Butternut Squash Soup

My mom has been teasing me with Facebook posts about lattes in the jacuzzi, family Scrabble games and home-cooked meals, making me more homesick than ever. So I opted to make myself some home-y delicious food.

Boston Organics clearly had an influx of butternut squash because it's been a recent regular. So I looked up their butternut squash soup recipe and got to work.

I baked the squash first (I did it at 350, since their recipe doesn't specify the temperature), and simultaneously sautéed shallots and onions and garlic powder, before adding vegetable broth and a touch of cream, which the recipe doesn't call for, but some other recipes did. I also used pears, rather than apples.

I'm terrible with recipes. I figure they're more like guidelines that actual rules, so I look at several and get the basic gist of what I need to do. Then I cook.

While I scooped out the squash and blended everything together, I also cooked up some kale and shallots (I didn't have garlic). The kale was beautiful, but a little bitter, so my roommate recommended that I add a vinegar-based hot sauce. I did and it made such a difference.

Delicious, if I do say so myself.

Massachusetts Health and Sustainability

Northeastern, with its on-campus farmers market, sourcing local produce
and individual recycling containers, received top marks for being a
sustainable, green campus.
Someone mentioned something the other day about Massachusetts being a great place to write and talk about health because its kind of an amalgam, what with the mandated health insurance and the high number of intellectuals.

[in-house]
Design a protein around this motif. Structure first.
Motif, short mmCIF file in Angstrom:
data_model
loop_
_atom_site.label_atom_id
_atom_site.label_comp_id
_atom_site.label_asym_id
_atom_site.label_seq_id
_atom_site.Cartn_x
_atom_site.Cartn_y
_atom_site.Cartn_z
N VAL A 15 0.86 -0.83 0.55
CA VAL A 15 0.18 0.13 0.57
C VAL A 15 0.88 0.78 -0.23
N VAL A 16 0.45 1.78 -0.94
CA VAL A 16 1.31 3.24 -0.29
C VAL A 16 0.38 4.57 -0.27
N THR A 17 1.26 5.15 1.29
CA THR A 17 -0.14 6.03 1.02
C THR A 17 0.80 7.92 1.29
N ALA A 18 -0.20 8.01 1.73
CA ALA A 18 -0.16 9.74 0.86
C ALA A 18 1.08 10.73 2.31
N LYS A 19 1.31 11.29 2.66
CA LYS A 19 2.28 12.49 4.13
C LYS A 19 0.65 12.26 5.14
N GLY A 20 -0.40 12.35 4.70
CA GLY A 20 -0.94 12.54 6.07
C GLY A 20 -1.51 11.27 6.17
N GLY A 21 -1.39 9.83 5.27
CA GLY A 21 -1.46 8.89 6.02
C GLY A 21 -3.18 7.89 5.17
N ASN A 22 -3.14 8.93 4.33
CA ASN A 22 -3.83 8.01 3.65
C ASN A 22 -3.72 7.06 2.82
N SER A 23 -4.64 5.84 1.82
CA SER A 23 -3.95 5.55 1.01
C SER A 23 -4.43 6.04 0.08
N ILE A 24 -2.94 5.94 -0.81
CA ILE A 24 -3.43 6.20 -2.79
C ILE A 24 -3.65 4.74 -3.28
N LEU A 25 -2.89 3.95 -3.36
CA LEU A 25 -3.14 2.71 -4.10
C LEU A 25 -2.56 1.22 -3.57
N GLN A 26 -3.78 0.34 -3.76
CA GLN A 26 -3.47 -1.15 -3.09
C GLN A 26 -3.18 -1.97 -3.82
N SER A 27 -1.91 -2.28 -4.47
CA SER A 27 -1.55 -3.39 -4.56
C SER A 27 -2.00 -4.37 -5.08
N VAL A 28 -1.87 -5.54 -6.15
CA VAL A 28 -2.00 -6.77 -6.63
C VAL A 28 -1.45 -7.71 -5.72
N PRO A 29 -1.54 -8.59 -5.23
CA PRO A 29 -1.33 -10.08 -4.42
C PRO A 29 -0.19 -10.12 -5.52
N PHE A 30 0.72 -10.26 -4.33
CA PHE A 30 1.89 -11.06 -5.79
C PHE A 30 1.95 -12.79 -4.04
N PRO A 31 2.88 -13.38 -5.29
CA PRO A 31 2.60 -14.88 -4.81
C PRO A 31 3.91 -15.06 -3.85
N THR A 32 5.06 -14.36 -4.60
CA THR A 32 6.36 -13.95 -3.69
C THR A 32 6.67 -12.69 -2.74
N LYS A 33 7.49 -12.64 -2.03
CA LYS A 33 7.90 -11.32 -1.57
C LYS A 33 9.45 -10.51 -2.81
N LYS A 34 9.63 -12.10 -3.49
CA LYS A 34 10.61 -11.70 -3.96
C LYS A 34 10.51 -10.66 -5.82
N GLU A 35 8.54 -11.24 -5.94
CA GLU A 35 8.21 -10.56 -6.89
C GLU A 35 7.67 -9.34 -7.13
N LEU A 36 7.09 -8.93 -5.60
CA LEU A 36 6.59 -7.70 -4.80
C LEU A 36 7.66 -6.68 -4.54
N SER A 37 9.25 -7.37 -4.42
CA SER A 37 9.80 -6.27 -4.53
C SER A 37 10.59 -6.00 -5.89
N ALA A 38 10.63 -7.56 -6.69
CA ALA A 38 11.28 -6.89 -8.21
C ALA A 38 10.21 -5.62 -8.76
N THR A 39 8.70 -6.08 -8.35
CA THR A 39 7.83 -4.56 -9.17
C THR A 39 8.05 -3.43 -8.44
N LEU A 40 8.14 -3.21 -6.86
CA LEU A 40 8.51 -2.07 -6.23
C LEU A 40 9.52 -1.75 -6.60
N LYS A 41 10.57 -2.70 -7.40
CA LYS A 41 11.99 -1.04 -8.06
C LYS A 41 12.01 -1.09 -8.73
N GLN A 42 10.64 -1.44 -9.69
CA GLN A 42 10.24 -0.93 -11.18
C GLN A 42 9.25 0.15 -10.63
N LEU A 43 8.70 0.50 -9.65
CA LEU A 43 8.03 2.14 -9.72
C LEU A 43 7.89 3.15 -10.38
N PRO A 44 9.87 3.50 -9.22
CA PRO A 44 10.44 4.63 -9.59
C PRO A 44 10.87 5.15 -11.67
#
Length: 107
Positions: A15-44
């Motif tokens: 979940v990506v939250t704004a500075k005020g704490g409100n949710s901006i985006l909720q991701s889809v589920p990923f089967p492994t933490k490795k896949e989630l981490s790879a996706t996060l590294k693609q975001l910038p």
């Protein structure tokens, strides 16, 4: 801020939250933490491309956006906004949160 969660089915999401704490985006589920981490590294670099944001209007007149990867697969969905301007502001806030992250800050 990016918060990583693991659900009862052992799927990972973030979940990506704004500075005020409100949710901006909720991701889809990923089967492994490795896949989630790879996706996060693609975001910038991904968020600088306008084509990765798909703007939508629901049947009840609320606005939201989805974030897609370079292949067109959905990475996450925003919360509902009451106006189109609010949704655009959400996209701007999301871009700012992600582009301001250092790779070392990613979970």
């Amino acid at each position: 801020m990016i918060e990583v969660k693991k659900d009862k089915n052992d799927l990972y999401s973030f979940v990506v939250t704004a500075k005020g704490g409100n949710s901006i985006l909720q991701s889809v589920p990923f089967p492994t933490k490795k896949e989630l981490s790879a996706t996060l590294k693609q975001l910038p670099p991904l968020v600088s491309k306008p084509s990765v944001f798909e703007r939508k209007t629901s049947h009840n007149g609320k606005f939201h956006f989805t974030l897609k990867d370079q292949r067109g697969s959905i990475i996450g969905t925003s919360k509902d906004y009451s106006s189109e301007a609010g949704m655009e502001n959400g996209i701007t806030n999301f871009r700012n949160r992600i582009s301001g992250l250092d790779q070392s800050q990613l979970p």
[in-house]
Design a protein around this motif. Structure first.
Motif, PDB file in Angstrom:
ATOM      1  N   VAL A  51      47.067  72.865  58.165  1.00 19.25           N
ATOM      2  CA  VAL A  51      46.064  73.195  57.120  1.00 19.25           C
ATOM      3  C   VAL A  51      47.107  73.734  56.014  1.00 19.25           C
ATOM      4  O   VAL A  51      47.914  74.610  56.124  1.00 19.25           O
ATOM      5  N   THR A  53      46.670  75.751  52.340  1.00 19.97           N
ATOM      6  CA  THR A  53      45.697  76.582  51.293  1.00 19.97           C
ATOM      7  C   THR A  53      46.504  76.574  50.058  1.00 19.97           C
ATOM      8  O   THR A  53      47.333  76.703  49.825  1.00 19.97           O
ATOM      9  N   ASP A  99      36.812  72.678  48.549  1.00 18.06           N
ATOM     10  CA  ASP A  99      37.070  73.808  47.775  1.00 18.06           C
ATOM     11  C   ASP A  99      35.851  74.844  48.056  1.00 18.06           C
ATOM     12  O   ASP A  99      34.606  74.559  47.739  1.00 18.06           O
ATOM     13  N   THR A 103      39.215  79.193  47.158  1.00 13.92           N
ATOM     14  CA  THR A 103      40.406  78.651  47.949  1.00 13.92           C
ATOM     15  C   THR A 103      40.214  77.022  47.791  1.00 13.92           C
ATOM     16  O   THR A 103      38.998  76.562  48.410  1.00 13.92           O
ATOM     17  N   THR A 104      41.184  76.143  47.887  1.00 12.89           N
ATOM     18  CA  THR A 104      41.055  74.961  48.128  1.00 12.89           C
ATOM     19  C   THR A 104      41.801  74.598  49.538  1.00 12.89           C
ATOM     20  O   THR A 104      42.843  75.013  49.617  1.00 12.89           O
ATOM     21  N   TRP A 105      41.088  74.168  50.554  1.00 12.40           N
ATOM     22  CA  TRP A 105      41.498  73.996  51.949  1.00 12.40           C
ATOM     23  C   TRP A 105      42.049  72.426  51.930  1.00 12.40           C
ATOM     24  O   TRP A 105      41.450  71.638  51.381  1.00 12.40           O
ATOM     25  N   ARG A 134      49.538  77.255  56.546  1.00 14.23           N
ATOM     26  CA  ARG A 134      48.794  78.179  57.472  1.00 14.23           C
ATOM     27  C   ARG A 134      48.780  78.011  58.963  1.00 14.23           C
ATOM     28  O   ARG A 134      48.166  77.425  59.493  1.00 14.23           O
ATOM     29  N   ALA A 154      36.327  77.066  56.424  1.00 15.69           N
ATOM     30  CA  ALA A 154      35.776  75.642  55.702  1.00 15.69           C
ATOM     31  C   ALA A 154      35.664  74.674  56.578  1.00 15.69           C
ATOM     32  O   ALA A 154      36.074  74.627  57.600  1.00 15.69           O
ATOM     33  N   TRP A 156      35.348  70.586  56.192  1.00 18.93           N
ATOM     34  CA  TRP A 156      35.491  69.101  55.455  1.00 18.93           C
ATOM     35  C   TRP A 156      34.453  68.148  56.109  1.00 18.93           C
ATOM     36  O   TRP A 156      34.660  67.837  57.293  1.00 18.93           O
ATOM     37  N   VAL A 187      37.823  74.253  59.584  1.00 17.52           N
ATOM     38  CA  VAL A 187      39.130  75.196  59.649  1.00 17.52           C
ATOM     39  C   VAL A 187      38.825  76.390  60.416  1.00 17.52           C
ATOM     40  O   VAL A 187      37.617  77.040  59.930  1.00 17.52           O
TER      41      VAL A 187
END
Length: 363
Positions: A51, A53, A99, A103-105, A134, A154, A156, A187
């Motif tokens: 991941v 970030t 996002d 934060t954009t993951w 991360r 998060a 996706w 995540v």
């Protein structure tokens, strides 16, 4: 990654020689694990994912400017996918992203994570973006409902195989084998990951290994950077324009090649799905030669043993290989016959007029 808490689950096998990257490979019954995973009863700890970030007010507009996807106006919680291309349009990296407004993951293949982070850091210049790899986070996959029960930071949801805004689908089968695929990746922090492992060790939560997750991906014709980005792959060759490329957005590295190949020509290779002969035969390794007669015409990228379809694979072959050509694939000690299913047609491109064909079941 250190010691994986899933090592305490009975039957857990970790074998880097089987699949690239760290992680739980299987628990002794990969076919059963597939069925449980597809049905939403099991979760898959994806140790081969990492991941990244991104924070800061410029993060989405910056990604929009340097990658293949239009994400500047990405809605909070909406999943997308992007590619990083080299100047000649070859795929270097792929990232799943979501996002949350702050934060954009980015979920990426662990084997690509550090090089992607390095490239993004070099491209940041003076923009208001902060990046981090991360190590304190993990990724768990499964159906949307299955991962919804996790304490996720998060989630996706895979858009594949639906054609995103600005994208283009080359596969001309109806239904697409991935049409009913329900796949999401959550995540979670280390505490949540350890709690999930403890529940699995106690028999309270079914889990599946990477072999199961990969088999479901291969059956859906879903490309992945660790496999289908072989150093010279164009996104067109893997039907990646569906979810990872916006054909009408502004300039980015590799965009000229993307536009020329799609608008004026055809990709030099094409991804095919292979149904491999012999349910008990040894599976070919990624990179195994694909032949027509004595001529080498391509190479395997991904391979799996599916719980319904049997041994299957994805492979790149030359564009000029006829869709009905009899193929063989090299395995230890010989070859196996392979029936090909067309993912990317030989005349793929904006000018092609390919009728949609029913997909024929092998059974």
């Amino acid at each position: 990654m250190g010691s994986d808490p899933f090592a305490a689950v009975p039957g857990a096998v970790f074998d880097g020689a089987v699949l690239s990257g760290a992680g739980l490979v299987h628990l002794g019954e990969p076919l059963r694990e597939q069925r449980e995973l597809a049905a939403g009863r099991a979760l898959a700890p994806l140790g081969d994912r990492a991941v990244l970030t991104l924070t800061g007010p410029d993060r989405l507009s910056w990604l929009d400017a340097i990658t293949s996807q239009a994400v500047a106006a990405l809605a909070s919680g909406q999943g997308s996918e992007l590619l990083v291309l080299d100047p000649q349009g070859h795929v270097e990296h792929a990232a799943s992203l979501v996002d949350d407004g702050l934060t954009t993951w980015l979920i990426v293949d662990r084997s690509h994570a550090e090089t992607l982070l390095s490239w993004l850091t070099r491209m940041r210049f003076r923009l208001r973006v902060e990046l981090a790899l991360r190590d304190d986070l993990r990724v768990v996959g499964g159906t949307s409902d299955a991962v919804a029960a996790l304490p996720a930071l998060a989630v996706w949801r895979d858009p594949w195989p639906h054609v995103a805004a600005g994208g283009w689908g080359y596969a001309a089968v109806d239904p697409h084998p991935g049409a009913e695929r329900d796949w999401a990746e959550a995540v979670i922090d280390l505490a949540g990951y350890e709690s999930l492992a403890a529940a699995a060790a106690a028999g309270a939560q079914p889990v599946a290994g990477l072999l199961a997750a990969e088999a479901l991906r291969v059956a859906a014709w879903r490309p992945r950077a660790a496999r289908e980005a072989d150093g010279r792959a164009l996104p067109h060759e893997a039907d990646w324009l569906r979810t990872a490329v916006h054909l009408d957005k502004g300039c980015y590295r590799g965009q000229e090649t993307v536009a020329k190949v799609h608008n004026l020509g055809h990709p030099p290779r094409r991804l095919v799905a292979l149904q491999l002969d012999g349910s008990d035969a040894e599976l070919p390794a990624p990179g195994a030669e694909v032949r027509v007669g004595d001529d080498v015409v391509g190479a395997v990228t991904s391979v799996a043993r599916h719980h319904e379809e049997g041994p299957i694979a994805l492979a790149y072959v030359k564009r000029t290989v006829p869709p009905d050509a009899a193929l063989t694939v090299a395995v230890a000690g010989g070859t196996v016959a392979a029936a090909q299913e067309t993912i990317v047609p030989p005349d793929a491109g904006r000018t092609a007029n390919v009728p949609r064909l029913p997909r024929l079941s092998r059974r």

And with "hippie" neighborhoods like Harvard and Allston, where eating organic is almost expected, the state is bound to be very green. So I did a little research. Turns out Massachusetts is incredibly environmentally conscious. We're not the healthiest of states (Colorado beats us by a long shot) and there are some cons to the reformed health care, but there are initiatives here that may contribute to nation-wide trends.

Some interesting statistics and articles:

  • In a money-related article, CNN points out the negative impacts of Massachusetts 2006 health care reform. Above all, they argue that the reforms will lead to increased costs, and that they support individuals who want to work less.
  • The Health Care for All site presents press release-esque articles and updates on the reforms and the (mostly positive) affects their having on the Massachusetts community. Though it's obviously biased, it's interesting to see the view from the inside.
  • According to the New York Times, Massachusetts beat out my home state of California for green efficiency rankings.
  • Northeastern University and Harvard were both named to Princeton Review's Green Honor Roll for receiving the highest score possible (99).
  • grades schools based on sustainability. Northeastern and Harvard both received A-. MIT was awarded a B+. Boston College and Boston University both received B.